Let Buganda turn Lubiri into her Vatican city

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Arial view of Lubiri
Arial view of Lubiri
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In this world you either evolve or die

Milk shakes come in all flavors, you can basically mix whatever you want add some milk and call it a milk shake. Looking ahead the issue of who is a Muganda will be a definition of a milk shake. We are up to a point where the lineage cannot be defined.

This brings me to the issue of the Lubiri. I grew around this perimeter and I revered it together with the Bulange.

It so happens that the Kingdom is so engrossed in collecting funds and they are putting the issue of maintaining the tribal aspects on the side. By the way I think you can definitely do both.

My idea of the Lubiri will be a big museum of the kingdom, to put it better the enclosure can be used to create the liking of a Vatican, a state within in a state.

This will not only reduce the expense of the kingdom but it will consolidate all the aspects of the kingdom in one prime spot.

The sky is the limit as to what can be done in an enclosure like that, ranging from using Luganda as the only language when you step in fence, Buganda banks, school, a post office for each clan, let you minds roll.

This can all be done in the concept that monies can even be collected, a hotel, in the enclosure, a function hall. I mean take all the Buganda kingdom and start running its business in one place.

The result will be that with the concentration of all activities the pride to the kingdom will be restored and somehow we can preserve our history. Let us have a library for each and every king.

In this world you either evolve or die. The thinking of those who govern the Buganda kingdom is locked in the past, it won’t be long when all those who call them selves Baganda will all be different brands of Milk shakes.

For those who think this is far fetched, Information from wikpedia.org copied below illustrates how the Vatican works.

The Vatican is on a 109 acre land, smaller than the Lubiri. The Vatican City has its own post office, fire brigade, police service, commissary (supermarket), bank (the automatic teller machines are the only ones in the world to offer customers service in Latin, among other languages), railway station, electricity generating plant, and publishing house. The Vatican also controls its own Internet domain (.Va), it has the Vatican Radio.

This unique, non-commercial economy is also supported financially by contributions (known as Peter’s Pence) from Catholics throughout the world, the sale of postage stamps and tourist mementos, fees for admission to museums, and the sale of publications. The incomes and living standards of lay workers are comparable to, or somewhat better than, those of counterparts who work in the city of Rome.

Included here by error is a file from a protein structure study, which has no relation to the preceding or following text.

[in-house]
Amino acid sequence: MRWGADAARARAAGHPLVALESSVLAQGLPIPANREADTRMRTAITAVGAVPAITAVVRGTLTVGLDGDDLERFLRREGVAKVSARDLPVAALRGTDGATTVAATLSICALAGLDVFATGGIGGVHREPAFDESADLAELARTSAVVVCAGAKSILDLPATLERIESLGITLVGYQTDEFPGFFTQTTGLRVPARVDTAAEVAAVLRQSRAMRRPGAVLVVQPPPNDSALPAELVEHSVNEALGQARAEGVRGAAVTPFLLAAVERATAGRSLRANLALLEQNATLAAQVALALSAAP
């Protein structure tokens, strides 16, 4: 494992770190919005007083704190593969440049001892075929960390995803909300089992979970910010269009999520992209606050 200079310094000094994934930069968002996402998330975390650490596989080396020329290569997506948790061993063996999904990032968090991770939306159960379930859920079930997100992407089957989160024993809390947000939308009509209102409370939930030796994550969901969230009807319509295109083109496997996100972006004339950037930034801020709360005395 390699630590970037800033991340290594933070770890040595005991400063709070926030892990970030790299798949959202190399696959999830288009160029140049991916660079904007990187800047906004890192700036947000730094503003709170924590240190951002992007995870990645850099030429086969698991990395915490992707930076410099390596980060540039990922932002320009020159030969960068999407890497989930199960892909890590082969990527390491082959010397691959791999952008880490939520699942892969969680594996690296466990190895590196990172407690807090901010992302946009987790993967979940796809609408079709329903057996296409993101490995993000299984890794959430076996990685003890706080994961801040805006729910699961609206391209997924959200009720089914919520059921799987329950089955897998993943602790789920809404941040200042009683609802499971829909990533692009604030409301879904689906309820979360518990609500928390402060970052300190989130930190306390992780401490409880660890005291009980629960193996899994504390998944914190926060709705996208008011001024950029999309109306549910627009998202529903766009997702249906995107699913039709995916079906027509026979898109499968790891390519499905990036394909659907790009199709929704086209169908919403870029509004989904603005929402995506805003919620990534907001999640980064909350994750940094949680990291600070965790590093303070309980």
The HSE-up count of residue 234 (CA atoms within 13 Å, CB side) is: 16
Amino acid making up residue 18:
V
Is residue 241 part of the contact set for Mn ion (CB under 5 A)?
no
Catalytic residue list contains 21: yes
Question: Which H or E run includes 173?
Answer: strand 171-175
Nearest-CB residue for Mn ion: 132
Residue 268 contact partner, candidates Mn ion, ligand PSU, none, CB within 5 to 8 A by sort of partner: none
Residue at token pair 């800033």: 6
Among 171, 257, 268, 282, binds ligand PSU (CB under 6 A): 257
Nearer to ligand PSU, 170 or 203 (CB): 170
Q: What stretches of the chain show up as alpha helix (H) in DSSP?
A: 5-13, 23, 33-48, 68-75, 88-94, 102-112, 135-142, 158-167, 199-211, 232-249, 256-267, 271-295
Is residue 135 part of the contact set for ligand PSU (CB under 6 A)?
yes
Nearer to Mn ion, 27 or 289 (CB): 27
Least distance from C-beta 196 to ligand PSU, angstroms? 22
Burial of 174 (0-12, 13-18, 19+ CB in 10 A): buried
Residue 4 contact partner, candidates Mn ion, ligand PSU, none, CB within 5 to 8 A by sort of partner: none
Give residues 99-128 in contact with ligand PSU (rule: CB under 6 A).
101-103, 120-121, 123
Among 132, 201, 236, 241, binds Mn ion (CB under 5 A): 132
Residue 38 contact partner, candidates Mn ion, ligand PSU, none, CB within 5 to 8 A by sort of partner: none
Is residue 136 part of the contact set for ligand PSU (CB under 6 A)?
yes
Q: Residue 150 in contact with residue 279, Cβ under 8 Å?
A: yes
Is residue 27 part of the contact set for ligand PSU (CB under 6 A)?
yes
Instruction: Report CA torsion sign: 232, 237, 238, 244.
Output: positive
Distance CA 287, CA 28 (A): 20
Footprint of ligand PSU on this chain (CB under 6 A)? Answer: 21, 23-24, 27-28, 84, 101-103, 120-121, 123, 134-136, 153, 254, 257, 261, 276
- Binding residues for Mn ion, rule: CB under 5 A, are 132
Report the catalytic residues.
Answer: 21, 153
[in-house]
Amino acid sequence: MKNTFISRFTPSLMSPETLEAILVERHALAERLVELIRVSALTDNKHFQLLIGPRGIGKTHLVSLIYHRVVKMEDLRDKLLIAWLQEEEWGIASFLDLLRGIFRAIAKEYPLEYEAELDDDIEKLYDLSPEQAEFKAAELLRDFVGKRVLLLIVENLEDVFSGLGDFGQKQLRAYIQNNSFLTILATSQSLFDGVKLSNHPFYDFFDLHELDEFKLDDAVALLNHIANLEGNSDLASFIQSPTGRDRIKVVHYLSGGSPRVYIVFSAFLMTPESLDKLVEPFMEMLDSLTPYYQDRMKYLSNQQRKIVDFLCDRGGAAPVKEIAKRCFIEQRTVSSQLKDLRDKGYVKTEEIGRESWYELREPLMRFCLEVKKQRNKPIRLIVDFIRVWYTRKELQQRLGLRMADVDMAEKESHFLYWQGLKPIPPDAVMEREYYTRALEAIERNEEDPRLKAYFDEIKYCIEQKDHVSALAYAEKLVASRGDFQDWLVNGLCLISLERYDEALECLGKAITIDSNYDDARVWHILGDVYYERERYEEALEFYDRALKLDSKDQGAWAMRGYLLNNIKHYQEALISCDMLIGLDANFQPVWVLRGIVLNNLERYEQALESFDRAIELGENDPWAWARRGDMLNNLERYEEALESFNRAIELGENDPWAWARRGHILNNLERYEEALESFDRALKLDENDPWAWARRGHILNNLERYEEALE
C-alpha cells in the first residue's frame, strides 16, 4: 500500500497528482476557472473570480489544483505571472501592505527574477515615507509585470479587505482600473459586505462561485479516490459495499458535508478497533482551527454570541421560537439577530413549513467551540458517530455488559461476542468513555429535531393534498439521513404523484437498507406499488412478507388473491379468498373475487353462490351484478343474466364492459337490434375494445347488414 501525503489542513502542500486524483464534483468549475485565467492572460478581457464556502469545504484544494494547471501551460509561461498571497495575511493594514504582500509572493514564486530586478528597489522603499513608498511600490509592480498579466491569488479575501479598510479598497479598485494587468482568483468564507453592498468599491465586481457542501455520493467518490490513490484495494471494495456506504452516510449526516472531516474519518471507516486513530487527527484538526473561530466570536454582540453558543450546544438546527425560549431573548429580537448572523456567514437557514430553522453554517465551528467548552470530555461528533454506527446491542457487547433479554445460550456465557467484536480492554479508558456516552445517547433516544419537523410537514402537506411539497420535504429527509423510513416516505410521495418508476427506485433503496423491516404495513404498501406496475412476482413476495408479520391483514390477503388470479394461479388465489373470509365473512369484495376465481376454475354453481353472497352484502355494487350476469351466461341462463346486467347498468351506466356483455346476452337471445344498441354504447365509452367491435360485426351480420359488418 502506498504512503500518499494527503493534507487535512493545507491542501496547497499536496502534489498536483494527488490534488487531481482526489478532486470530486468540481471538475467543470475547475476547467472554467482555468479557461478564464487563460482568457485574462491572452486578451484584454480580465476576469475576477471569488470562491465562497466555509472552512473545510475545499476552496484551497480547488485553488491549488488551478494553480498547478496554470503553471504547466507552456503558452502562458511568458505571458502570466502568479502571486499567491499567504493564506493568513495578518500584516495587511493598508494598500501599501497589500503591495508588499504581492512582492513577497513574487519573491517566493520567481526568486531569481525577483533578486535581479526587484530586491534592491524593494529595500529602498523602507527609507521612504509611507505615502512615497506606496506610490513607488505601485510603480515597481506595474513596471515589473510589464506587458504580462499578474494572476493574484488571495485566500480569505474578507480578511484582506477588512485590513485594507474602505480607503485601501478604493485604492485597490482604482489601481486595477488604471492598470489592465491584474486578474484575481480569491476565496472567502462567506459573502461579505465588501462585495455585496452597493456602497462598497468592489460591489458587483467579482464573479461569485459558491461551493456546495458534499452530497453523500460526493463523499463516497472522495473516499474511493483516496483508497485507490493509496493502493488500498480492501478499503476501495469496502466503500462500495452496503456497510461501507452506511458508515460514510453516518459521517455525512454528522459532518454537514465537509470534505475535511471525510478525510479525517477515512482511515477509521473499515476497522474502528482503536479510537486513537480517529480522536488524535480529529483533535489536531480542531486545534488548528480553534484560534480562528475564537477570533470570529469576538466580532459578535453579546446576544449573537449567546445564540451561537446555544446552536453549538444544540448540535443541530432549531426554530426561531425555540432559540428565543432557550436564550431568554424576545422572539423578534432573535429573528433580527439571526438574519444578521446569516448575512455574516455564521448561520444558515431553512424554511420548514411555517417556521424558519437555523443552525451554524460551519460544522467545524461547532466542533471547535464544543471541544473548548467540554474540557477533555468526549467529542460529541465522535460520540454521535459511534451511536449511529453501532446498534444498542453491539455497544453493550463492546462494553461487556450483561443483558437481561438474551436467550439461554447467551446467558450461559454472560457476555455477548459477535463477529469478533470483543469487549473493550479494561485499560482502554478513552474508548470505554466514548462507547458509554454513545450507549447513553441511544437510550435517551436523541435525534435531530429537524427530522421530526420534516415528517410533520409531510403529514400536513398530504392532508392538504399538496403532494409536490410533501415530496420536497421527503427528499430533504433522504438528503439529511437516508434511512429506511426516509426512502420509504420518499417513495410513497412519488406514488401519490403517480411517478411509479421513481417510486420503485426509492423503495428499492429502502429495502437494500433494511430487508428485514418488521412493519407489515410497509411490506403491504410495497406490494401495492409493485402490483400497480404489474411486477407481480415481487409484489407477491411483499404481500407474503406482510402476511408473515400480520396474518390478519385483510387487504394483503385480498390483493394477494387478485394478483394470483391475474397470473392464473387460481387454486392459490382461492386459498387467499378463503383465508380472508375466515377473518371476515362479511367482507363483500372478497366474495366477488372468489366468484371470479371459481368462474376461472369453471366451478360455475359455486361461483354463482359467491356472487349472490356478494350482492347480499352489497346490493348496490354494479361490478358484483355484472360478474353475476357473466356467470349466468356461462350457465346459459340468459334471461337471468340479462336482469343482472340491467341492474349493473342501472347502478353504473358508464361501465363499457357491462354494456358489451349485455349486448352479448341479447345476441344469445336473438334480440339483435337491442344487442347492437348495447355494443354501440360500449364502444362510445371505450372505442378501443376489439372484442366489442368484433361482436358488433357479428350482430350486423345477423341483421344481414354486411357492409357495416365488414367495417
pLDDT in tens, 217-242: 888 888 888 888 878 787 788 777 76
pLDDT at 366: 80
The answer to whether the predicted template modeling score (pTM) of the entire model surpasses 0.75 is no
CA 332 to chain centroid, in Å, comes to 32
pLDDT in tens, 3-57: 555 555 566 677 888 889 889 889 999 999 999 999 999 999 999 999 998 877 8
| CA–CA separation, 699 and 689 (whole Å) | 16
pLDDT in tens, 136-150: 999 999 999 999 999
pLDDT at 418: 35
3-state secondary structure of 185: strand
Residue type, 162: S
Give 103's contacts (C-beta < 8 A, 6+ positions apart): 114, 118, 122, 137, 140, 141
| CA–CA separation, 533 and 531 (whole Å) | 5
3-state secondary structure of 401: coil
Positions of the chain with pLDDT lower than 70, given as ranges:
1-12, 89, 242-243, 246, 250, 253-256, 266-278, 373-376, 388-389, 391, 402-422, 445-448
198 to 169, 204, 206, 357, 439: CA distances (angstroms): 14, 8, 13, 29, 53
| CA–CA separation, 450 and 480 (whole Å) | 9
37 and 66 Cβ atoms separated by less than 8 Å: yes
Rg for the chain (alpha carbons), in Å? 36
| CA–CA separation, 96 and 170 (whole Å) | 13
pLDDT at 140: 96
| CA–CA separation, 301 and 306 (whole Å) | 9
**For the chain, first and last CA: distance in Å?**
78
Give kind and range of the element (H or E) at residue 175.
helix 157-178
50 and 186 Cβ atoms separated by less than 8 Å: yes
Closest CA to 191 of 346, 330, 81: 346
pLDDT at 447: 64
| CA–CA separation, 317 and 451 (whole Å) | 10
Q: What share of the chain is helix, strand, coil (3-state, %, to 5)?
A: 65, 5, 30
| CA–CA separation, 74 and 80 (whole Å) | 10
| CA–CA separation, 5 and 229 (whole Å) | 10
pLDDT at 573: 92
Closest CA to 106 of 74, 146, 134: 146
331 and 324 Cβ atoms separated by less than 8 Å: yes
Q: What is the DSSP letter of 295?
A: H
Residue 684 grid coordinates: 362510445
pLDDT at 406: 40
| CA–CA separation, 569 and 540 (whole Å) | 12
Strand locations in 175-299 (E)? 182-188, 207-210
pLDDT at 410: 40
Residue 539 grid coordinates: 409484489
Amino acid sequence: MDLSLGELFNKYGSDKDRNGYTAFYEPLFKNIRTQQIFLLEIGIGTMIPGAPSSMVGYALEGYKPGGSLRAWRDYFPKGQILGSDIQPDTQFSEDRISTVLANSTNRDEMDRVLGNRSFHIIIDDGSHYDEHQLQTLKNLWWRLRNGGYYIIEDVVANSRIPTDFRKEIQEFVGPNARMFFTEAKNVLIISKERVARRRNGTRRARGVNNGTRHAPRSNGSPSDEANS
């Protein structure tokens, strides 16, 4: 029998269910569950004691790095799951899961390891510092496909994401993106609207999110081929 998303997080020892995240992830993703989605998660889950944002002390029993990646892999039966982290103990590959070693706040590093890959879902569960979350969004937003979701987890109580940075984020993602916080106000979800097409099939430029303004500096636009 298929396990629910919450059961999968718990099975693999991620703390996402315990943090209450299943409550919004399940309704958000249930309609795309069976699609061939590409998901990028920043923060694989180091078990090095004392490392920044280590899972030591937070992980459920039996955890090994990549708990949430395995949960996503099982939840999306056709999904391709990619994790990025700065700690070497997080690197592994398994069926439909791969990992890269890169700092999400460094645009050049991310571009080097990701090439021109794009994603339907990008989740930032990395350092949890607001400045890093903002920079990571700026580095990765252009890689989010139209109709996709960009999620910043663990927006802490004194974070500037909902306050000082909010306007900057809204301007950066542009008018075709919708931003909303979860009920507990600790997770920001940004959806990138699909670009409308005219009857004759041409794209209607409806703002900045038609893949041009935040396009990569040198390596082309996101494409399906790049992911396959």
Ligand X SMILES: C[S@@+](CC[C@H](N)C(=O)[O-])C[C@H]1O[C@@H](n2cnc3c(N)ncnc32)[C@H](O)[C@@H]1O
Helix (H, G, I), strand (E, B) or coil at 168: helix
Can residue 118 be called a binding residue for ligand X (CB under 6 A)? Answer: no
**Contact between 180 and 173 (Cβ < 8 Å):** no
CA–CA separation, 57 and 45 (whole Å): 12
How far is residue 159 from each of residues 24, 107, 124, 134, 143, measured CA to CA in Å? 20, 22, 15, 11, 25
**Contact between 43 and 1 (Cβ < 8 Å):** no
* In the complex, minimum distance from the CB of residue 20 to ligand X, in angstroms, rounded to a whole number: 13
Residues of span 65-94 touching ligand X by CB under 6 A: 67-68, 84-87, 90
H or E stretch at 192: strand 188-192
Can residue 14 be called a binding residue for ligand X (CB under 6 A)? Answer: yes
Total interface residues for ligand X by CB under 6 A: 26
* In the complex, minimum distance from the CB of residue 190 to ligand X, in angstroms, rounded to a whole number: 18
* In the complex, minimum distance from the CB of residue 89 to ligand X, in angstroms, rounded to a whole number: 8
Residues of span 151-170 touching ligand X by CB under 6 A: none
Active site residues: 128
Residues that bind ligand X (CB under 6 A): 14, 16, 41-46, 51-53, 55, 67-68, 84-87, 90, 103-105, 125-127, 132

The Vatican City issues its own coins. It has used the euro as its currency since January 1,1999, owing to a special agreement with the EU (council decision 1999/98/CE). Euro coins and notes were introduced in January 1, 2002. Due to its rarity, Vatican euro coins are highly sought by collectors. Until the adoption of the Euro, Vatican coinage and stamps were denominated in their own Vatican lira currency, which was on par with the Italian lira.
It also has its own bank, Istituto per le Opere di Religione (also known as the Vatican Bank, and with the acronym IOR).

Budget: Revenues (2003) $252 million; expenditures (2003) $264 million.
Industries: printing and production of few mosaics and staff uniforms; worldwide banking and financial activities.

Almost all of Vatican City’s 932 citizens live inside the Vatican’s walls. The Vatican citizenry consists mainly of clergy, including high dignitaries, priests, nuns, as well as the Swiss Guard. There are also about 3,000 lay workers who comprise the majority of the Vatican work force, but who reside outside the Vatican. All of the City’s citizens are Roman Catholic and Roman Catholicism is, rather obviously, the State religion of the country. There are no other places of worship inside the Vatican City other than private Catholic Chapels and St Peter’s Basilica.

The official language is Latin. Italian and, to a lesser extent, other languages are generally used for most conversations, publications, and broadcasts. German is the official language of the Swiss Guard. The Vatican’s official website languages are Italian, German, English, French, Spanish, and Portuguese.

Awangaale Ayi Ssabassajja

Dr.Eddie Kayondo, M.D
UAH member in USA

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